Can machines feel emotions? An interesting reflection, a topic that has been debated for years, with several open projects that go in this direction.

intelligenza emotivaCinematography has been proposing this scenario for years, with objects completely controlled by artificial intelligence which, at a certain point, no longer respond to orders received and become autonomous in decisions, very often also enemies of men. But can these technologies also be capable of feeling emotions, when this particularity seems to be the big difference between man and machine? Can a machine be able to make autonomous decisions, develop a kind of self-awareness? It is certainly one thing to understand our emotions, identify them, analyze them, but it is another to try them.

Artificial Emotional Intelligence.

When we talk about Artificial Intelligence we refer precisely to the ability of a machine to learn behaviors and processes from interaction with the external environment, exactly as the human mind does. When this ability is oriented towards the emotional sphere, we speak of Affective Computing. Computers learn to recognize human emotions and can interact with people based on their emotional state. Affective Computing is today a discipline that combines behavioral psychology, neuroscience and engineering with the aim of increasingly improving the emotional understanding of machines, so much so that it is expected by the end of this year that 10% of the devices used have a kind of integrated emotional recognition.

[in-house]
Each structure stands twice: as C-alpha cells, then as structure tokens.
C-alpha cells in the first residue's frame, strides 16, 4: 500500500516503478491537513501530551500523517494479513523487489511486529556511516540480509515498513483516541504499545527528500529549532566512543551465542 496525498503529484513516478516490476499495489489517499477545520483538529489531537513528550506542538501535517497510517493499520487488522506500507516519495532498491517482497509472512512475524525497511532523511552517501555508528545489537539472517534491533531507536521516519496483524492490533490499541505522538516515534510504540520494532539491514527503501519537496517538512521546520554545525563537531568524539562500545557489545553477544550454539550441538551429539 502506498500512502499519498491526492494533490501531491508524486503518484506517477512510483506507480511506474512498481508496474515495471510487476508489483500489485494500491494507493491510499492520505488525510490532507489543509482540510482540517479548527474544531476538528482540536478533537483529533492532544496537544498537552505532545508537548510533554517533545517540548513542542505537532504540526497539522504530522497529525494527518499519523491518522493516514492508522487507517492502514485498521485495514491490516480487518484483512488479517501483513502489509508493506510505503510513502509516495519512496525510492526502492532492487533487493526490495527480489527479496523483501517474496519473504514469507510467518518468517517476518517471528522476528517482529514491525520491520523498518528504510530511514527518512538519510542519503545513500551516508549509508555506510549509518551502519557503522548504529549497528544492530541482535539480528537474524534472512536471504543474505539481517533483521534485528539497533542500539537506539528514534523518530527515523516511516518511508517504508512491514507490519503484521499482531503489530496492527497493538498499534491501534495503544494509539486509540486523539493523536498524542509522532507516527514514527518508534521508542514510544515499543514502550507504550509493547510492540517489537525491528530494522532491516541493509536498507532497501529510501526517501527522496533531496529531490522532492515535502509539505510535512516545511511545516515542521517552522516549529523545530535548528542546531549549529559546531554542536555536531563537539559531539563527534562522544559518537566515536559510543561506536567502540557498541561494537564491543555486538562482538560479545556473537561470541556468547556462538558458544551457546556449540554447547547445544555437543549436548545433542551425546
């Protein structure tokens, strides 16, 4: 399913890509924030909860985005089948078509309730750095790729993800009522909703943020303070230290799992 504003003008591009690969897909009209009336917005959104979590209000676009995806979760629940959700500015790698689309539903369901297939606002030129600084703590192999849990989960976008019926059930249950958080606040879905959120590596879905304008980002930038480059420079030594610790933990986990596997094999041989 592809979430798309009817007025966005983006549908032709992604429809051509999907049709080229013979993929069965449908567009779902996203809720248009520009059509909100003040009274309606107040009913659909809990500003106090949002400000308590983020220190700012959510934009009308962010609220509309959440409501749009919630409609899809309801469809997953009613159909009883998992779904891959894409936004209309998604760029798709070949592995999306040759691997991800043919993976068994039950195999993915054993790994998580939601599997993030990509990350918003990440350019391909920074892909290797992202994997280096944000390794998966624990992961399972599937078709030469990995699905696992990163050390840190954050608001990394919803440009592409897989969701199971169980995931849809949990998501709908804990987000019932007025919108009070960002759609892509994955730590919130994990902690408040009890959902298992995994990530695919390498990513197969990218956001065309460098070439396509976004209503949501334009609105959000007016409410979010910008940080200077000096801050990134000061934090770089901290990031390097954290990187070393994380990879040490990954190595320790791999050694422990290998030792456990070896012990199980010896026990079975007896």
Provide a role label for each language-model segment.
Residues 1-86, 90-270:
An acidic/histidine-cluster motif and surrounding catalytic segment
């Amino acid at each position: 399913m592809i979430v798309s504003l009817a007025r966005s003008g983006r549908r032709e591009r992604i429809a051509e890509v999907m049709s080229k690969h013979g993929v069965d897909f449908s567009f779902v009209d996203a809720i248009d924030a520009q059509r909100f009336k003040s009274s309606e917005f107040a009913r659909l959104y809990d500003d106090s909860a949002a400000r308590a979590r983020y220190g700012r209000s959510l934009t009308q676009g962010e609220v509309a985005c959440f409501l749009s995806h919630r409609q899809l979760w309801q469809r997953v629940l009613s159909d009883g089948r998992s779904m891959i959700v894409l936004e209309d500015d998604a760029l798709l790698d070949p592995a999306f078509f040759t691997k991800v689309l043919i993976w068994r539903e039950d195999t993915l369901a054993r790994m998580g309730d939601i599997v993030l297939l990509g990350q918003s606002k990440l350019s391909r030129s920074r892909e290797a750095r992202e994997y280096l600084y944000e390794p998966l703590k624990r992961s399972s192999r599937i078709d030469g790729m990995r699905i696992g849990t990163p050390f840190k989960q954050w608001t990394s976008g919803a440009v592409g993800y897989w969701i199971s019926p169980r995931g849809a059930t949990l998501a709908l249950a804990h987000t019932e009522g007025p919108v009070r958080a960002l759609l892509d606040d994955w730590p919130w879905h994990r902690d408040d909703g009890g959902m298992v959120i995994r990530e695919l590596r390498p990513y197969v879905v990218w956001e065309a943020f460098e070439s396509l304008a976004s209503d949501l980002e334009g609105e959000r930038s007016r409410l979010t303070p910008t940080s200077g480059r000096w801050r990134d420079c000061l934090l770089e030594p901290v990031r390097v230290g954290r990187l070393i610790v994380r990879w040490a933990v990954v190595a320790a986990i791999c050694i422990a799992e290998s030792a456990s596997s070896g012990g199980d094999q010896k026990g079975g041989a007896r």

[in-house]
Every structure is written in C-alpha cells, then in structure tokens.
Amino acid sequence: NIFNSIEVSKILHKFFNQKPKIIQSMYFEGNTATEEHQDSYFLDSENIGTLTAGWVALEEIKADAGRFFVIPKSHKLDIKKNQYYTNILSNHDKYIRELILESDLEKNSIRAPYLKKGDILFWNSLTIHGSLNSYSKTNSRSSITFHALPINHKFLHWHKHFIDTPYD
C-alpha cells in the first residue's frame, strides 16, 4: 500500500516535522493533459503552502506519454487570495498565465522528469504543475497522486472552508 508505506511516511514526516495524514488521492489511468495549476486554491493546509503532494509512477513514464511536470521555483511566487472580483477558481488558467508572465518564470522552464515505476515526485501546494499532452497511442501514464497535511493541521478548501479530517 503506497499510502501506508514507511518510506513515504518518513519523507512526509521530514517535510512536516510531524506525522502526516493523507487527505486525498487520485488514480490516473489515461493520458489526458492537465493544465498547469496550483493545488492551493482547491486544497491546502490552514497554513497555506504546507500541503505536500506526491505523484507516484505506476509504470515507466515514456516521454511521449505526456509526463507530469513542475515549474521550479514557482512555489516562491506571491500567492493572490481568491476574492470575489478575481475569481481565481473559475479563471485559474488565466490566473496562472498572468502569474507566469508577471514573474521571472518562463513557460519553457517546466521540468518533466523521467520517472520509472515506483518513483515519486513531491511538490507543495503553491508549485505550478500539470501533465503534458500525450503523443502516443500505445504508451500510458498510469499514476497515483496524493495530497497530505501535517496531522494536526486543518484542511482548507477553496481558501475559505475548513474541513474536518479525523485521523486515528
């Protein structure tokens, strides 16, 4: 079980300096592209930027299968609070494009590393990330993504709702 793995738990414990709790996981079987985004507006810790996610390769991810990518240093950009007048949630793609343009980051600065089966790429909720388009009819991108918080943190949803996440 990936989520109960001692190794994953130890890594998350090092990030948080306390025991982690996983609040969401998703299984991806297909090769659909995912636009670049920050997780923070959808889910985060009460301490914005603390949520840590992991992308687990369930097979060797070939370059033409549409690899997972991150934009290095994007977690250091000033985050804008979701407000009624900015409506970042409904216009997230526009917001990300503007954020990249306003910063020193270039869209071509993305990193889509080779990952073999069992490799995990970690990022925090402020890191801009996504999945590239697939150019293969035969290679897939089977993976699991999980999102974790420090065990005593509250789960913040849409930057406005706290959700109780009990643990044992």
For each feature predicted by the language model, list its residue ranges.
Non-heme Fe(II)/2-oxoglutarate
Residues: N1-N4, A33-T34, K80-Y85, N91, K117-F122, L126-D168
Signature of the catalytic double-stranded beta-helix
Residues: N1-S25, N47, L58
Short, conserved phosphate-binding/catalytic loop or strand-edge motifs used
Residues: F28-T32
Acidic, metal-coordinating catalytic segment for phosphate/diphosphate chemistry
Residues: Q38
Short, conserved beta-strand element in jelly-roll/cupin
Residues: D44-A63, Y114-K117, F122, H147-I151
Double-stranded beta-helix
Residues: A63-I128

When we began to use the term emotional intelligence, in the 1960s, we thought exactly about the ability to recognize one's own emotions and also those of the interlocutor in order to direct communication according to personal goals. The idea that a machine could develop a form of emotional intelligence can be found as early as 1995, when the founder of the Affective Computing Research Group within the MIT (Massachusetts Institute of Technology) affirmed the need for computers to interact with humans, should develop the ability to understand and express emotions. It involves analyzing the tone of voice or interpreting the micro expressions of the face by adapting the response to the emotion felt.

Il Machine Learning.

All this is possible through what is called Machine Learning. It is a discipline that, within the wider Artificial Intelligence, studies how to give systems the ability to learn without being programmed to do so. With specific algorithms, such as neural networks, computers can learn and improve themselves. Thus, according to Marvin Minsky, since emotion is not very different from thinking, machines capable of "thinking" may also be able to learn how to express emotions. However, the obstacles are not few. It is necessary to consider the variety of human moods and the difference in expression that is inevitably affected also by the cultural background of each one.

Of course, we are only at an early stage and the possibility that a machine could escape human control and develop self-awareness is still a long way from the current state of matter. Thus, while the exploration of new scenarios advances quickly, the ability to get excited remains, at least for now, an absolutely human prerogative.
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